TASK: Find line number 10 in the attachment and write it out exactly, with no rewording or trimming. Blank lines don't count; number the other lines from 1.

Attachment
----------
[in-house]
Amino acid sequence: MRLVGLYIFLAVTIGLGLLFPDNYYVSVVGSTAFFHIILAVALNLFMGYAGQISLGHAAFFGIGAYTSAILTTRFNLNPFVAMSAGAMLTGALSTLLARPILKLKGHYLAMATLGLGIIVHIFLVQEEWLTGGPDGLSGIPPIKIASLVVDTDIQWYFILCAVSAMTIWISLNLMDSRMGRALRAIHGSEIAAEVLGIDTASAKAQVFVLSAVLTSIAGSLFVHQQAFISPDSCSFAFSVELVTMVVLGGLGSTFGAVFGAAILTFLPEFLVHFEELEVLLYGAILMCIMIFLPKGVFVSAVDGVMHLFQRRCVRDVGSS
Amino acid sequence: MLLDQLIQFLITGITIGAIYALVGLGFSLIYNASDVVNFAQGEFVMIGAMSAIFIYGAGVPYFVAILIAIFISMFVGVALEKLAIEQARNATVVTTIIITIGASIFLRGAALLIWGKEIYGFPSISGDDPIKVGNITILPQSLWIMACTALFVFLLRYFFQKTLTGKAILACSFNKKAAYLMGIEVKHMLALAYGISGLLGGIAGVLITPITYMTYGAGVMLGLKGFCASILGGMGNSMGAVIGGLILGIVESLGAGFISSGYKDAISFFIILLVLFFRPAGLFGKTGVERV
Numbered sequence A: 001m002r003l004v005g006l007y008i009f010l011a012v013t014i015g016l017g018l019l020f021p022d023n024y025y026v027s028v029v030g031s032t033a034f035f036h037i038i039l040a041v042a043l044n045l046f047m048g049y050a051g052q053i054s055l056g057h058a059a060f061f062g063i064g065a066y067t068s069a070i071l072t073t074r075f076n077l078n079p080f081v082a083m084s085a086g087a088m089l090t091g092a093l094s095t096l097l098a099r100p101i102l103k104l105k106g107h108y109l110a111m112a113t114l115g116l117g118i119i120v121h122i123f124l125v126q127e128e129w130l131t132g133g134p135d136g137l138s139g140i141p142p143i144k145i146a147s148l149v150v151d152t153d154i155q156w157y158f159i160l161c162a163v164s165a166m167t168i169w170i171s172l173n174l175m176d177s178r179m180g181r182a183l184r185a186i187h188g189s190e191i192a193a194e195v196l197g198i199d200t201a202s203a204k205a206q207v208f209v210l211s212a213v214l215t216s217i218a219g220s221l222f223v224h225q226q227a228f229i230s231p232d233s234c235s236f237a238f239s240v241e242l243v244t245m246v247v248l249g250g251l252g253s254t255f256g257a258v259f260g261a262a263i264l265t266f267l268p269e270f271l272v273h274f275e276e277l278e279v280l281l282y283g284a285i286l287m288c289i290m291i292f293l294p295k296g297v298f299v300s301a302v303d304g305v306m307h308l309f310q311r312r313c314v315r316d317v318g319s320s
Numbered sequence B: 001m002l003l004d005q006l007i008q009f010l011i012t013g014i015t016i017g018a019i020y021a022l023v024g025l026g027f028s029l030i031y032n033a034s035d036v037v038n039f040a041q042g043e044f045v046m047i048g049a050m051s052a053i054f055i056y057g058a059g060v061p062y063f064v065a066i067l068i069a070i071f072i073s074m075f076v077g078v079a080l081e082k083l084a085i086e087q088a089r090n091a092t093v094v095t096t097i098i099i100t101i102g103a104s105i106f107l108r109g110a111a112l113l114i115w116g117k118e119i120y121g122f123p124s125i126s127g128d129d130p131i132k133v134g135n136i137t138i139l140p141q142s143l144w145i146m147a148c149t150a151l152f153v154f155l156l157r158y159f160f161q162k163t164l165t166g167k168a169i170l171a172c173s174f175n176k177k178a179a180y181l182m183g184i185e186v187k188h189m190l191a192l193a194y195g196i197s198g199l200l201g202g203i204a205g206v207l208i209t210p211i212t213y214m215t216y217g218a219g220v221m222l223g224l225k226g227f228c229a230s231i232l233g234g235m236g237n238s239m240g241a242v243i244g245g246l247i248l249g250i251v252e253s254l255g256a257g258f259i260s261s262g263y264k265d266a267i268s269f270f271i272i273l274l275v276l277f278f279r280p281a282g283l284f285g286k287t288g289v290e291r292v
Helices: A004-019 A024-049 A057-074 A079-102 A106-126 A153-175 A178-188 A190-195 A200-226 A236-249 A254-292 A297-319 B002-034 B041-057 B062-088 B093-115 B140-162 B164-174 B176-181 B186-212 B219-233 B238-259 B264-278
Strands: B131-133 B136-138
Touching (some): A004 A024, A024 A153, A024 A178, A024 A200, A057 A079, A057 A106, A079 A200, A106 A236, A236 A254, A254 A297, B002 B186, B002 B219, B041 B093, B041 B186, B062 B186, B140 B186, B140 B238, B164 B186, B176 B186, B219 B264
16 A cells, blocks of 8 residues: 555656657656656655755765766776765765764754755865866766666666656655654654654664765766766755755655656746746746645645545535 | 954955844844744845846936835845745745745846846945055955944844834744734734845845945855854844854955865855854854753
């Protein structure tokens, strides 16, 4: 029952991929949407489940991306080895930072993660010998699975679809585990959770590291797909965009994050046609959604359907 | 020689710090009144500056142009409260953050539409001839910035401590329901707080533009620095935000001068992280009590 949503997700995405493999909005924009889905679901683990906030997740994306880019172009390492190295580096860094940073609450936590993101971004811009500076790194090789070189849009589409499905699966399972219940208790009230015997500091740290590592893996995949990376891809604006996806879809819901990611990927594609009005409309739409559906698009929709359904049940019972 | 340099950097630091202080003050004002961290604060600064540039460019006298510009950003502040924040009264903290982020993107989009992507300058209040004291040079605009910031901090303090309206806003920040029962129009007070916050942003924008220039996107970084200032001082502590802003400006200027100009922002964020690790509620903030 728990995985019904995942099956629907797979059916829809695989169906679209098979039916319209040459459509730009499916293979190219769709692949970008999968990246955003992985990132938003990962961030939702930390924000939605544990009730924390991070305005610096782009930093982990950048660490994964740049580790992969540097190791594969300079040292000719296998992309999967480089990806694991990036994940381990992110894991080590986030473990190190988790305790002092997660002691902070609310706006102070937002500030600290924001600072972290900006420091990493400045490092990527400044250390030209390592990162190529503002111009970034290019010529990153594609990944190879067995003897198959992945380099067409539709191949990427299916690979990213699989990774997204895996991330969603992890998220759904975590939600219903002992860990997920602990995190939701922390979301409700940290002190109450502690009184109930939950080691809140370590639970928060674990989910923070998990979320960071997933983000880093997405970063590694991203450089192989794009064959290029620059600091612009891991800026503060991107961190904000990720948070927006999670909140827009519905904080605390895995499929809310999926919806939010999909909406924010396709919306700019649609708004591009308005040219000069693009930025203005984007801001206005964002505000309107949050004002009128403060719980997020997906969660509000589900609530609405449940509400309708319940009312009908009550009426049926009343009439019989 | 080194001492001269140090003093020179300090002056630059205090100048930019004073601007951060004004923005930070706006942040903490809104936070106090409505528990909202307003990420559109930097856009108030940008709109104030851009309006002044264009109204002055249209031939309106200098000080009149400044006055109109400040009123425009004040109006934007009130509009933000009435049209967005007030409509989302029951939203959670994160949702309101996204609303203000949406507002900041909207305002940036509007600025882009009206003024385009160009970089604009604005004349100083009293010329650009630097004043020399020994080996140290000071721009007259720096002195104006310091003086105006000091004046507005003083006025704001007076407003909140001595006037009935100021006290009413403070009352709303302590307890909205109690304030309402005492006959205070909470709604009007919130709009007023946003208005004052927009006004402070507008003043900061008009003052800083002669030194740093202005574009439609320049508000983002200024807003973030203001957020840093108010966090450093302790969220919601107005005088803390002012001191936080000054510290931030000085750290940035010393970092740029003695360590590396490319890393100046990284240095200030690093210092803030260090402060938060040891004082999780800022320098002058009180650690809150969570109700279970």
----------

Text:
């Protein structure tokens, strides 16, 4: 029952991929949407489940991306080895930072993660010998699975679809585990959770590291797909965009994050046609959604359907 | 020689710090009144500056142009409260953050539409001839910035401590329901707080533009620095935000001068992280009590 949503997700995405493999909005924009889905679901683990906030997740994306880019172009390492190295580096860094940073609450936590993101971004811009500076790194090789070189849009589409499905699966399972219940208790009230015997500091740290590592893996995949990376891809604006996806879809819901990611990927594609009005409309739409559906698009929709359904049940019972 | 340099950097630091202080003050004002961290604060600064540039460019006298510009950003502040924040009264903290982020993107989009992507300058209040004291040079605009910031901090303090309206806003920040029962129009007070916050942003924008220039996107970084200032001082502590802003400006200027100009922002964020690790509620903030 728990995985019904995942099956629907797979059916829809695989169906679209098979039916319209040459459509730009499916293979190219769709692949970008999968990246955003992985990132938003990962961030939702930390924000939605544990009730924390991070305005610096782009930093982990950048660490994964740049580790992969540097190791594969300079040292000719296998992309999967480089990806694991990036994940381990992110894991080590986030473990190190988790305790002092997660002691902070609310706006102070937002500030600290924001600072972290900006420091990493400045490092990527400044250390030209390592990162190529503002111009970034290019010529990153594609990944190879067995003897198959992945380099067409539709191949990427299916690979990213699989990774997204895996991330969603992890998220759904975590939600219903002992860990997920602990995190939701922390979301409700940290002190109450502690009184109930939950080691809140370590639970928060674990989910923070998990979320960071997933983000880093997405970063590694991203450089192989794009064959290029620059600091612009891991800026503060991107961190904000990720948070927006999670909140827009519905904080605390895995499929809310999926919806939010999909909406924010396709919306700019649609708004591009308005040219000069693009930025203005984007801001206005964002505000309107949050004002009128403060719980997020997906969660509000589900609530609405449940509400309708319940009312009908009550009426049926009343009439019989 | 080194001492001269140090003093020179300090002056630059205090100048930019004073601007951060004004923005930070706006942040903490809104936070106090409505528990909202307003990420559109930097856009108030940008709109104030851009309006002044264009109204002055249209031939309106200098000080009149400044006055109109400040009123425009004040109006934007009130509009933000009435049209967005007030409509989302029951939203959670994160949702309101996204609303203000949406507002900041909207305002940036509007600025882009009206003024385009160009970089604009604005004349100083009293010329650009630097004043020399020994080996140290000071721009007259720096002195104006310091003086105006000091004046507005003083006025704001007076407003909140001595006037009935100021006290009413403070009352709303302590307890909205109690304030309402005492006959205070909470709604009007919130709009007023946003208005004052927009006004402070507008003043900061008009003052800083002669030194740093202005574009439609320049508000983002200024807003973030203001957020840093108010966090450093302790969220919601107005005088803390002012001191936080000054510290931030000085750290940035010393970092740029003695360590590396490319890393100046990284240095200030690093210092803030260090402060938060040891004082999780800022320098002058009180650690809150969570109700279970």